March 28, 2006 in Features

Sweet talk

Susan Brink Los Angeles Times
 
File Associated Press photo

A study that focused on just one piece of the childhood obesity puzzle, sugar-sweetened drinks, showed for the first time that simply cutting back on sugary drinks can reduce body fat.
(Full-size photo)

No one nagged or hounded. No one said, “Turn that TV/computer/video game off and go outside and play.” No one took the chips away, locked down the vending machines, or foisted vegetables on anyone.

With all the myriad theories about why children are getting fatter, researchers in Massachusetts focused on just one piece of the childhood obesity puzzle – sugar-sweetened drinks. Their study, published in the March issue of the journal Pediatrics, showed for the first time that simply cutting back on sugary drinks can reduce body fat.

The findings – along with other recent research on beverages’ role in weight gain – shed light on the importance of what Americans swallow in liquid form.

Scientists made it easy for the teens, ages 13 to 18, who altered their behavior for the study. They had a supermarket chain deliver weekly shipments of the teens’ preferred beverages, enough for four servings a day for the study participants plus two extra servings for each additional family member to avoid fights.

Half of the 103 teenage volunteers continued to drink as they normally did. Normal for the entire group before the study began was 2.5 servings of soda, fruit juices, sports drinks, lemonade or other sweetened drinks, or about 375 calories worth a day. The other half got to choose any kind of noncaloric drink they wanted.

Periodically, researchers would call the teens receiving noncaloric drinks with a pep talk. “We called to see how the deliveries were going, to ask if they had questions or if they wanted to change their beverage order,” says Cara Ebbeling, nutrition researcher at Children’s Hospital in Boston and lead author of the study. Every time the subjects opened their refrigerators, they would see a magnet saying, “Think before you drink.”

After six months, volunteers in the control group had gained a little weight. The no-sugar-drinks group wasn’t perfect, but members did cut their consumption of sweetened drinks by 82 percent – and lost a modest amount of weight. The biggest body mass loss, amounting to about a pound a month, occurred among teens who cut down on sweet drinks and were the most overweight at the start of the study.

Weight loss tied to fewer sweetened drinks, says Dr. William Dietz, director of the division of nutrition and physical activity at the Centers for Disease Control and Prevention, is an important piece of beverage research that has been missing. Other studies have suggested that increasing the amount of high-calorie soft drinks can increase weight, but this is the first to show that reducing the amount of sugary beverages can reduce weight.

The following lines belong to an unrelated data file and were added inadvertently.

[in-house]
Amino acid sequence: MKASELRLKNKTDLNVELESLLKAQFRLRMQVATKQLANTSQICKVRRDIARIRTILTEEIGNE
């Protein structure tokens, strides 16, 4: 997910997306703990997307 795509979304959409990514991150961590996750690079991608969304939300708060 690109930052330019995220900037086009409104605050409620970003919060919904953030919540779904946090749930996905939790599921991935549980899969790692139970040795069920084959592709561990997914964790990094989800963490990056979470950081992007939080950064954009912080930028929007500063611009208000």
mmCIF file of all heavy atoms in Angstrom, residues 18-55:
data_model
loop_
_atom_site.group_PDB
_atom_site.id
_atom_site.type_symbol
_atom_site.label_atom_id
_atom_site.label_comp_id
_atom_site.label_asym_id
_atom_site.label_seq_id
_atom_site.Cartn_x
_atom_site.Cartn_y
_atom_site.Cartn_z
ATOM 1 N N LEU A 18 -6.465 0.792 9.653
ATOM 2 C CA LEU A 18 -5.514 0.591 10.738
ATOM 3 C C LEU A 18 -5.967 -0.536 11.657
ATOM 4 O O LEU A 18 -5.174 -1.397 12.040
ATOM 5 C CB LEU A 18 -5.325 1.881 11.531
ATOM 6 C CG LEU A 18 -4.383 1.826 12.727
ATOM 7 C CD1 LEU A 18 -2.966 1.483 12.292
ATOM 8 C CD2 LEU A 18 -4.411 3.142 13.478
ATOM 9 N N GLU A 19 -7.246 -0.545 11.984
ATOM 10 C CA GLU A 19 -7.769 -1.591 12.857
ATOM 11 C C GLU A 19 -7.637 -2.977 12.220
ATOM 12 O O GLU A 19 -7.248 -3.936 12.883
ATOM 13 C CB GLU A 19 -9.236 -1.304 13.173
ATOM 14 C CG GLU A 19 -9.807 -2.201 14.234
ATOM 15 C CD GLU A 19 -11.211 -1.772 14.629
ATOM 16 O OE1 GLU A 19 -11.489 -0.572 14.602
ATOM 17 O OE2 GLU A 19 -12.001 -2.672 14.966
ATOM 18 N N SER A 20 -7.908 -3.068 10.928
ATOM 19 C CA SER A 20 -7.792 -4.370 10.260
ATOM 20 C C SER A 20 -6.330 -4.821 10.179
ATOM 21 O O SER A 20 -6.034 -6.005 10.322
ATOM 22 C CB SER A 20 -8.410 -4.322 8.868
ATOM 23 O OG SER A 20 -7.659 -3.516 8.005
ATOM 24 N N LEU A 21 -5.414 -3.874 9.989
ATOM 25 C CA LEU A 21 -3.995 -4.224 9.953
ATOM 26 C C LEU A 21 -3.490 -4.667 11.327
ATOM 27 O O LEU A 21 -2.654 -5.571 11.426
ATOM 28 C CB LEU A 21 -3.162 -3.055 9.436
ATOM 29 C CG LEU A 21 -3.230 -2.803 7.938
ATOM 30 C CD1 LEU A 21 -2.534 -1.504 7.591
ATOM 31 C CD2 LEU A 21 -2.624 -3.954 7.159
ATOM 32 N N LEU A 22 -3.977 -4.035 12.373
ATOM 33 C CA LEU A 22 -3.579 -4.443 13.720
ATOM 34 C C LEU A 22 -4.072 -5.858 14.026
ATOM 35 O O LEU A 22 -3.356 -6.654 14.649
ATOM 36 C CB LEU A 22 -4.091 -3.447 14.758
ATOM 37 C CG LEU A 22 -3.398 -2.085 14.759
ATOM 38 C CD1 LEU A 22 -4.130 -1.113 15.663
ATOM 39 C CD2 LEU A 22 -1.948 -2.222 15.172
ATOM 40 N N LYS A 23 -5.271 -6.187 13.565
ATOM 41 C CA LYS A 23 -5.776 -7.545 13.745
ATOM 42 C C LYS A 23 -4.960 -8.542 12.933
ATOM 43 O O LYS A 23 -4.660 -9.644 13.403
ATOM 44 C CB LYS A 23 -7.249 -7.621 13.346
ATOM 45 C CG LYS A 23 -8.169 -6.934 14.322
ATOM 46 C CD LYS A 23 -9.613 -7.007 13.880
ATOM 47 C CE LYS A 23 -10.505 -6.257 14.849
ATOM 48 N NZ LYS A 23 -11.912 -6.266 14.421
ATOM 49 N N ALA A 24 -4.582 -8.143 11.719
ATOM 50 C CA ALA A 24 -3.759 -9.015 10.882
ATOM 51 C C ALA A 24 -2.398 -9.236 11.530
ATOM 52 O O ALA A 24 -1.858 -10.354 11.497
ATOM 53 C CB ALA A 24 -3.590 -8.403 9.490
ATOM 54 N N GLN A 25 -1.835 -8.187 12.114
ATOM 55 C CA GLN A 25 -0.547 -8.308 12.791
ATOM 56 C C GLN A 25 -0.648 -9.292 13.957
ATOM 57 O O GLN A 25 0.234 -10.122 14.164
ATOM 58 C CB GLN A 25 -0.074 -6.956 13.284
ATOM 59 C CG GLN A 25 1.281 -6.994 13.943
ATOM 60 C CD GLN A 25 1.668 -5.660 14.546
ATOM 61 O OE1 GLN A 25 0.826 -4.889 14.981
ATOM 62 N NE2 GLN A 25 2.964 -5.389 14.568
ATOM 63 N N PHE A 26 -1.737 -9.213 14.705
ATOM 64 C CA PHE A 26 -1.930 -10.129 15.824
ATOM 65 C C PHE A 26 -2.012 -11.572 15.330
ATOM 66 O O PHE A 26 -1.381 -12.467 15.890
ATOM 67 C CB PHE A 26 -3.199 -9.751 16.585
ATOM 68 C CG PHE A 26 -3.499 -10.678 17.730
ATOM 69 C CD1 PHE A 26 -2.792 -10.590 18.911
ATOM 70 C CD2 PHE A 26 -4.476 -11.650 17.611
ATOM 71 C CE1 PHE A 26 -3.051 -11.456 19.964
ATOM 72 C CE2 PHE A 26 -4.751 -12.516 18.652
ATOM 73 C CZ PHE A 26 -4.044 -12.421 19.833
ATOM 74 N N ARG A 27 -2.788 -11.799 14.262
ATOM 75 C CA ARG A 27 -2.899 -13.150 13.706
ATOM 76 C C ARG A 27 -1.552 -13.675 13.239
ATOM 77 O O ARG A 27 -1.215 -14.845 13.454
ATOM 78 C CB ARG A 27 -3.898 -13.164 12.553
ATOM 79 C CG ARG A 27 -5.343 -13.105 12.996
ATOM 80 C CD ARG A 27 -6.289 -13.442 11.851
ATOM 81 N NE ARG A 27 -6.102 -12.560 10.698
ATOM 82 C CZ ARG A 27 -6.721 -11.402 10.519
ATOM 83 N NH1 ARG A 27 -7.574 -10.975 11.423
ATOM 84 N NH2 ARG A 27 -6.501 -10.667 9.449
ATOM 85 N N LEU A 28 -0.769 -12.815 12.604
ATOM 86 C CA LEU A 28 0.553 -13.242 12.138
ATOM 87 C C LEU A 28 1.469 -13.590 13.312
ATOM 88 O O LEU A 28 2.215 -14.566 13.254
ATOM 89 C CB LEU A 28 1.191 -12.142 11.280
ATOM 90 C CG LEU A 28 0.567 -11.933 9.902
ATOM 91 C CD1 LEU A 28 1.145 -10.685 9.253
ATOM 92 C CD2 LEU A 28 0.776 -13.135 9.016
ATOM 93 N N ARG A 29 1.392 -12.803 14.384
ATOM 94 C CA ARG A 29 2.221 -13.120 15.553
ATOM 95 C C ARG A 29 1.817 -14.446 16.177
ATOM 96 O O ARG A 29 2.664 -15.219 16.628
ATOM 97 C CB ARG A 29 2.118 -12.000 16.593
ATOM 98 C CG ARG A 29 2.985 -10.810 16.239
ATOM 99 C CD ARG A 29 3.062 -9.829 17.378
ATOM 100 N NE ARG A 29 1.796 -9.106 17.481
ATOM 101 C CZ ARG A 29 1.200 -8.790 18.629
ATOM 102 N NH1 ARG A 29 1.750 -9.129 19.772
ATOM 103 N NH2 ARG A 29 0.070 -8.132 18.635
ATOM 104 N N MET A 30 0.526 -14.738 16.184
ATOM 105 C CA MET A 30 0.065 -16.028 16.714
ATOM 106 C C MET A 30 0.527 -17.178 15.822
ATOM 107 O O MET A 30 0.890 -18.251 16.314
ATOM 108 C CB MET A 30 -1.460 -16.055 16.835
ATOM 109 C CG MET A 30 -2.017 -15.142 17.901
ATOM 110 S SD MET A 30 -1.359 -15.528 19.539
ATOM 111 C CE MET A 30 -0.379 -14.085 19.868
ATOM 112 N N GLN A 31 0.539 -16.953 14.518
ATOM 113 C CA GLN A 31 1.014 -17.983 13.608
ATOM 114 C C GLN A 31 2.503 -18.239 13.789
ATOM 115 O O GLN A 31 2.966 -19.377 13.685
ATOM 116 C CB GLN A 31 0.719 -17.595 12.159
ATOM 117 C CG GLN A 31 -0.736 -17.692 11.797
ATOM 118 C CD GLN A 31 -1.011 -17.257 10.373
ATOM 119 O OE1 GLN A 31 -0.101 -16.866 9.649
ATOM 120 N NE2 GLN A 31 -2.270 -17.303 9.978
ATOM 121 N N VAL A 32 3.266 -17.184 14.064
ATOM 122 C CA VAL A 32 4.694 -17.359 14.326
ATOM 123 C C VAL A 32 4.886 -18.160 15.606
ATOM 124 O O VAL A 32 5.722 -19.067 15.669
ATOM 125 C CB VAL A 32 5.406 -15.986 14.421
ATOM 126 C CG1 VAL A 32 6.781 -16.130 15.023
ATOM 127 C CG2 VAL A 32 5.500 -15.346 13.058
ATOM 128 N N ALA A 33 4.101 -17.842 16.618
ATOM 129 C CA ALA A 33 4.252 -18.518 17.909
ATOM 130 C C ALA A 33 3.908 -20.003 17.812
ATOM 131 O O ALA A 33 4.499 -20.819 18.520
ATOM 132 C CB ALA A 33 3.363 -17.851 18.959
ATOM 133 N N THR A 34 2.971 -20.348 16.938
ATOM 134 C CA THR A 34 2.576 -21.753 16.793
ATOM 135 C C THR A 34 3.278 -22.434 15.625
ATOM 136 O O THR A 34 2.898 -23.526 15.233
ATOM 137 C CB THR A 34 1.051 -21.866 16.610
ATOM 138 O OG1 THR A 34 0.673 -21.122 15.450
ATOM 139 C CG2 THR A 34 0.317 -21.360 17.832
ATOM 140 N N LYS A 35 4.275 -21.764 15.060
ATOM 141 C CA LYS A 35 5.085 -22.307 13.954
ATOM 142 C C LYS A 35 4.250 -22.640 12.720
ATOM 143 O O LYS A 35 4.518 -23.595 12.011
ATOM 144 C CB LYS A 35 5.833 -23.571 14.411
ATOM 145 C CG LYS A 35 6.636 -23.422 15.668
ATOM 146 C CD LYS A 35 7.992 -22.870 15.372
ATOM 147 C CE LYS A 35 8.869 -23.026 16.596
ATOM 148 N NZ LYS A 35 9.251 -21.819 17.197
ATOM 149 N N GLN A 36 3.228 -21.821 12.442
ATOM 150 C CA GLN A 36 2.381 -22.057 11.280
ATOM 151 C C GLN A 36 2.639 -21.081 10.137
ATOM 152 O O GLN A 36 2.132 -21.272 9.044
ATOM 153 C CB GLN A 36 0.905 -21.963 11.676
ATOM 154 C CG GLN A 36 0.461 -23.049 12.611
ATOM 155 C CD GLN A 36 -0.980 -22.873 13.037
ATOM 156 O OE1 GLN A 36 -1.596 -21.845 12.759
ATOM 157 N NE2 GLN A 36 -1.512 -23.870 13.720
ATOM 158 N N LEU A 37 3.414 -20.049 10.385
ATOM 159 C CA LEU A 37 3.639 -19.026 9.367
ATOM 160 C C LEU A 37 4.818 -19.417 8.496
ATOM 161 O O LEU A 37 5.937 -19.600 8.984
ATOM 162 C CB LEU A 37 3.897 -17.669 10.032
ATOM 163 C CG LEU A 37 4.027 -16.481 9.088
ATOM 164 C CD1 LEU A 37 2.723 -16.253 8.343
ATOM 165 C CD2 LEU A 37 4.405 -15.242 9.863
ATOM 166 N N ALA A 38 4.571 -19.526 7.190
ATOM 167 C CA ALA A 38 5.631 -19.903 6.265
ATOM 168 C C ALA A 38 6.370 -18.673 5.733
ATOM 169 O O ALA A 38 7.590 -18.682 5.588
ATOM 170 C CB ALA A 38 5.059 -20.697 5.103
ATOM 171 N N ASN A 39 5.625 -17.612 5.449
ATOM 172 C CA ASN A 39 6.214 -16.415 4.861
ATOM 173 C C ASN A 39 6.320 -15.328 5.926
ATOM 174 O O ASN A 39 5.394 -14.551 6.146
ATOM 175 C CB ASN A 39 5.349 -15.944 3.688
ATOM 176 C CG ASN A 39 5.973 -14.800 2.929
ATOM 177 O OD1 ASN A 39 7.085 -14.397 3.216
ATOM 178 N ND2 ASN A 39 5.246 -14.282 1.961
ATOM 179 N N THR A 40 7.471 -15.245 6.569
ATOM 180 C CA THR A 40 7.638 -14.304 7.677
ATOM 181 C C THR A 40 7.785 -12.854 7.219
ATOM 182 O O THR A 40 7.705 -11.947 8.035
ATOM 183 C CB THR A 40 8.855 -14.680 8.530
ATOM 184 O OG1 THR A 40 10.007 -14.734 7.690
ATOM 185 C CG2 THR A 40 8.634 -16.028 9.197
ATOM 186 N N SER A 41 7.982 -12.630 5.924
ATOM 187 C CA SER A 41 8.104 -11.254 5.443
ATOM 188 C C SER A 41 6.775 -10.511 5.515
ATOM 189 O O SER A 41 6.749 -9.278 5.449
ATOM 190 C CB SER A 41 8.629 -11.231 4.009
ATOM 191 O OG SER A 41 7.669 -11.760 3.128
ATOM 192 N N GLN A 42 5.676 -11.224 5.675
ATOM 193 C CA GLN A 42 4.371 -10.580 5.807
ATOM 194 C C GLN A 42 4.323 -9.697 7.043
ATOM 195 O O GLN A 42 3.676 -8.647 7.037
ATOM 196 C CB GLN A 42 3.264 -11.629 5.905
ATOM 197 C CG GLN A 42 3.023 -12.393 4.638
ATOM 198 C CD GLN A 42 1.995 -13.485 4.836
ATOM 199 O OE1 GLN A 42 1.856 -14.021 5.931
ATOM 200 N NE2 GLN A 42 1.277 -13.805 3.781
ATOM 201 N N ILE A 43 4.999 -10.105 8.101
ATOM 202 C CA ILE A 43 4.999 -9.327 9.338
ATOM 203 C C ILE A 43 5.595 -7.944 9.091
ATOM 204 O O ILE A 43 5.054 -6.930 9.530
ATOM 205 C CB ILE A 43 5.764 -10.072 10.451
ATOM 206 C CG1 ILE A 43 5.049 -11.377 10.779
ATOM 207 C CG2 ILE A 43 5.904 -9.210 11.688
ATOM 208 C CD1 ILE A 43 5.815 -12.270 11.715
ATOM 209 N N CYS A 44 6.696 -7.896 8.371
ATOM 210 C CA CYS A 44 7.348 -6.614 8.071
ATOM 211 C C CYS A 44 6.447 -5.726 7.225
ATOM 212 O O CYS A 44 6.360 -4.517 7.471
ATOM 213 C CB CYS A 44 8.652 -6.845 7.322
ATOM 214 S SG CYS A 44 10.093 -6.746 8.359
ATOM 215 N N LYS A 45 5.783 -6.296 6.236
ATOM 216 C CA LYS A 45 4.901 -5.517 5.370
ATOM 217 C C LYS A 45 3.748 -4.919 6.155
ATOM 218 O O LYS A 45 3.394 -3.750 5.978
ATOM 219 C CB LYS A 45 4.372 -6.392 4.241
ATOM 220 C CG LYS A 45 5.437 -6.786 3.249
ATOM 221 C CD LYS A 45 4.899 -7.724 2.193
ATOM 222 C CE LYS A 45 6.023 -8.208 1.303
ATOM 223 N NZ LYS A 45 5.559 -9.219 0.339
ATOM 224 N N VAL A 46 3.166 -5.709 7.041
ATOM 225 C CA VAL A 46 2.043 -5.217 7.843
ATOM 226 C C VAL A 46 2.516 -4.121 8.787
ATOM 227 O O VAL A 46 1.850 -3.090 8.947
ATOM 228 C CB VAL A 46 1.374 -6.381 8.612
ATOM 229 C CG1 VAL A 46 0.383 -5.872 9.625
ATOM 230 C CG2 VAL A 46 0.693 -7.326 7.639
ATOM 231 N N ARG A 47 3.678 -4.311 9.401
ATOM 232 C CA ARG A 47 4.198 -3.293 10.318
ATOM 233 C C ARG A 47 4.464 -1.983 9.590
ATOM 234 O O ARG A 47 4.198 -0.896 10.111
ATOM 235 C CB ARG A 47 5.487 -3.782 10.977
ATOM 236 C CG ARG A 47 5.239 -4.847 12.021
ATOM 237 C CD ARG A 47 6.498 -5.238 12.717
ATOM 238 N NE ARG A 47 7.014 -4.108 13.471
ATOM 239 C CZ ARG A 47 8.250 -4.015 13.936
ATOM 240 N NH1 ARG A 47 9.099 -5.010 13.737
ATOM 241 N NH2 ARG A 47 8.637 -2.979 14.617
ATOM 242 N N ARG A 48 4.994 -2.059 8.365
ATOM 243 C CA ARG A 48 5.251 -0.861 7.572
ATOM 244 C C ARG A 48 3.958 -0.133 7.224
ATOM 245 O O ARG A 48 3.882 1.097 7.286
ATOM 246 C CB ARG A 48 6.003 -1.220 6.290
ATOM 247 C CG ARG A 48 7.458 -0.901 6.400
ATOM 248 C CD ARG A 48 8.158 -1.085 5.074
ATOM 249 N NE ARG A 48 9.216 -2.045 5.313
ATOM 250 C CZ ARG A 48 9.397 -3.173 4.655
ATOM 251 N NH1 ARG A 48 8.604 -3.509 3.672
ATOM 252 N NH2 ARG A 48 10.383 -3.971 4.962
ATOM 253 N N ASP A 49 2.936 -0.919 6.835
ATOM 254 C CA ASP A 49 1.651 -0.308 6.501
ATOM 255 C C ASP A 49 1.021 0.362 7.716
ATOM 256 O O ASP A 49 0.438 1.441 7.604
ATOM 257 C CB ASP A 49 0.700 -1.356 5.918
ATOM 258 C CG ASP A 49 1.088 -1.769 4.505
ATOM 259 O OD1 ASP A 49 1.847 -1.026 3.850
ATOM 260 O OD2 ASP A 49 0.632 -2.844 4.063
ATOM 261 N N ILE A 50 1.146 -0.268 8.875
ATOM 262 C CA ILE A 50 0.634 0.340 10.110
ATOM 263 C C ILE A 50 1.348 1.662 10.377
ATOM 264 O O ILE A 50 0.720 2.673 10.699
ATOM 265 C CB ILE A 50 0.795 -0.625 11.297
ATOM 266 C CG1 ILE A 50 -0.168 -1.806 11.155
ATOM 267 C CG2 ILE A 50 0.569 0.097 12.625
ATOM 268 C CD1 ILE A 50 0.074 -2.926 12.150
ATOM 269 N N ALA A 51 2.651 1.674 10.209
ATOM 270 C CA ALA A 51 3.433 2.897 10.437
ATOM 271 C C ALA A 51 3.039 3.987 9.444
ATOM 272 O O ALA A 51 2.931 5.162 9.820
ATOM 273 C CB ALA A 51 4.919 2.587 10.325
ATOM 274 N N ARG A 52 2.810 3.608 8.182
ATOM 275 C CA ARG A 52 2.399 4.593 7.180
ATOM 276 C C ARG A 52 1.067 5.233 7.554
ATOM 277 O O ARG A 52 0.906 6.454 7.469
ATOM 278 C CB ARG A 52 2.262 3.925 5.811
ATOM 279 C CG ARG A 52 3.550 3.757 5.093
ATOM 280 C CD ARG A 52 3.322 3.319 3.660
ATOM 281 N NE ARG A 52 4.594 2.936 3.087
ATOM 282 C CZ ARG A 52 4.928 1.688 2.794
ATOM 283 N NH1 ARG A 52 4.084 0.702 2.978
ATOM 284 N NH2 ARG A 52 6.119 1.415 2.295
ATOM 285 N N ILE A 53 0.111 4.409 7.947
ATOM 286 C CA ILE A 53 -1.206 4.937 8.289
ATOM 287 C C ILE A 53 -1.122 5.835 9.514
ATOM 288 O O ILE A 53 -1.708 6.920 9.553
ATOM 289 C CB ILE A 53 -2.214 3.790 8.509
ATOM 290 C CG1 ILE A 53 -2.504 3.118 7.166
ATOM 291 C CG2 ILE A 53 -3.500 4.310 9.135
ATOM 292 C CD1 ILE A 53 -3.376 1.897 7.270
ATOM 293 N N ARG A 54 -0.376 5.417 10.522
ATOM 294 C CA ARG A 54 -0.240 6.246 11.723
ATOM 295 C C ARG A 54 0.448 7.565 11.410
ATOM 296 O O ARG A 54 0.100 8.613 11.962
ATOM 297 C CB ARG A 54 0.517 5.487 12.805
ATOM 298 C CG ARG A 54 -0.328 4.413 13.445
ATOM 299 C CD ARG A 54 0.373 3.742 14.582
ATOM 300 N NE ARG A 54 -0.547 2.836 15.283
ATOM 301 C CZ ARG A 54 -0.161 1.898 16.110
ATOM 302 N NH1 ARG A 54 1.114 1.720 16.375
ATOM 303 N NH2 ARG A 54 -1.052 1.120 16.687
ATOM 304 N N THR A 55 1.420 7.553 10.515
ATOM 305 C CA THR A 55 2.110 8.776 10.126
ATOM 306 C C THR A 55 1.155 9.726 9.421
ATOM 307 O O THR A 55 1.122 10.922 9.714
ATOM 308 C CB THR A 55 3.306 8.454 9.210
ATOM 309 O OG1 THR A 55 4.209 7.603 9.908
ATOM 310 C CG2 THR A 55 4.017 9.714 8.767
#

“This study fits neatly,” Dietz says. “The trend to reduce weight was modest, but it was a trend in the right direction.”

Sodas, both sweetened and unsweetened, have become the No. 1 drink choice for adolescent girls, according to another recent study, this one published in the February issue of Pediatrics. Researchers followed 2,371 girls, ages 9 to 19, over a decade. In that time, their milk consumption went down by more than 25 percent, while soda intake nearly tripled. And that, says Dietz, is a major concern. The teen years are when girls most need calcium, abundant in milk products, to build bones and reduce the future risk of osteoporosis.

All liquid, says Barry Popkin, professor of nutrition at the University of North Carolina, needs further attention in diet studies. In research published in the March issue of the American Journal of Clinical Nutrition, he and a panel of nutrition scientists propose beverage consumption guidelines. Water is at the top of their list, followed by unsweetened tea and coffee and low-fat or nonfat milk or soy beverages. Even juice that is 100 percent fruit juice is, according to the experts, less preferable than diet sodas. “It’s better to eat real fruit,” Popkin says. “These juices have as many calories as sweetened soft drinks, with minimal nutrition.”

Every liquid calorie is a calorie added to the day’s total. “Liquid calories aren’t filling us up,” Popkin says. “It doesn’t change what you eat that day.” Over the last 20 years, Americans have added between 150 and 300 calories to their daily diets – about half of them in liquid form.

In the most recent study, the teens who drank less sugar did, apparently, think before they drank. Of course, one of the reasons they may have stuck with the study was that they were rewarded, at the end, with $100 gift certificates at a local mall. One can only hope they don’t use them to buy frappuccinos.


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